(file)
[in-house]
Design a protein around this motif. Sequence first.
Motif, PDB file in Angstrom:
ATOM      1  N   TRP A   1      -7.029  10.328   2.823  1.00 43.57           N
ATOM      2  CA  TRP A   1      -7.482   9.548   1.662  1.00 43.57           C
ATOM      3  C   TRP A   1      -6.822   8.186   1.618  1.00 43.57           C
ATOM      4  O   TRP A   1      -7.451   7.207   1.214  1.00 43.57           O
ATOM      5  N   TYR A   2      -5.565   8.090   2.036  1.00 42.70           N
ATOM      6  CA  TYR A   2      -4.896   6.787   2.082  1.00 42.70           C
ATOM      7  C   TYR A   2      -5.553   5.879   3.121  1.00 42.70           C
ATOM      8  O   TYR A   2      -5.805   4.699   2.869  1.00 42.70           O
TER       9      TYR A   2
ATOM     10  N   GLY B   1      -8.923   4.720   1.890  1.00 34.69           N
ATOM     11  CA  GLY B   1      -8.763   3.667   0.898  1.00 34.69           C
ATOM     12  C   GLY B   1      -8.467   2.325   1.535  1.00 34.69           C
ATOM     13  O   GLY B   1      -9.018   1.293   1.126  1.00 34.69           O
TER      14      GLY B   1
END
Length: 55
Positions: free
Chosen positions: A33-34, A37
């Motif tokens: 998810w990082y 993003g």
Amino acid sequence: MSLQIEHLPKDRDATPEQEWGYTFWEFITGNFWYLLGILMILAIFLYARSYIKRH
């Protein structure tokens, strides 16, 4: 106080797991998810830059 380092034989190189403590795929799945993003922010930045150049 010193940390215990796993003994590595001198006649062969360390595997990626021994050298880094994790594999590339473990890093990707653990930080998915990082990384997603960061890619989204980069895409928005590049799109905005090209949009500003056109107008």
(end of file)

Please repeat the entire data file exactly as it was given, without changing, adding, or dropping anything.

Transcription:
[in-house]
Design a protein around this motif. Sequence first.
Motif, PDB file in Angstrom:
ATOM      1  N   TRP A   1      -7.029  10.328   2.823  1.00 43.57           N
ATOM      2  CA  TRP A   1      -7.482   9.548   1.662  1.00 43.57           C
ATOM      3  C   TRP A   1      -6.822   8.186   1.618  1.00 43.57           C
ATOM      4  O   TRP A   1      -7.451   7.207   1.214  1.00 43.57           O
ATOM      5  N   TYR A   2      -5.565   8.090   2.036  1.00 42.70           N
ATOM      6  CA  TYR A   2      -4.896   6.787   2.082  1.00 42.70           C
ATOM      7  C   TYR A   2      -5.553   5.879   3.121  1.00 42.70           C
ATOM      8  O   TYR A   2      -5.805   4.699   2.869  1.00 42.70           O
TER       9      TYR A   2
ATOM     10  N   GLY B   1      -8.923   4.720   1.890  1.00 34.69           N
ATOM     11  CA  GLY B   1      -8.763   3.667   0.898  1.00 34.69           C
ATOM     12  C   GLY B   1      -8.467   2.325   1.535  1.00 34.69           C
ATOM     13  O   GLY B   1      -9.018   1.293   1.126  1.00 34.69           O
TER      14      GLY B   1
END
Length: 55
Positions: free
Chosen positions: A33-34, A37
């Motif tokens: 998810w990082y 993003g």
Amino acid sequence: MSLQIEHLPKDRDATPEQEWGYTFWEFITGNFWYLLGILMILAIFLYARSYIKRH
């Protein structure tokens, strides 16, 4: 106080797991998810830059 380092034989190189403590795929799945993003922010930045150049 010193940390215990796993003994590595001198006649062969360390595997990626021994050298880094994790594999590339473990890093990707653990930080998915990082990384997603960061890619989204980069895409928005590049799109905005090209949009500003056109107008």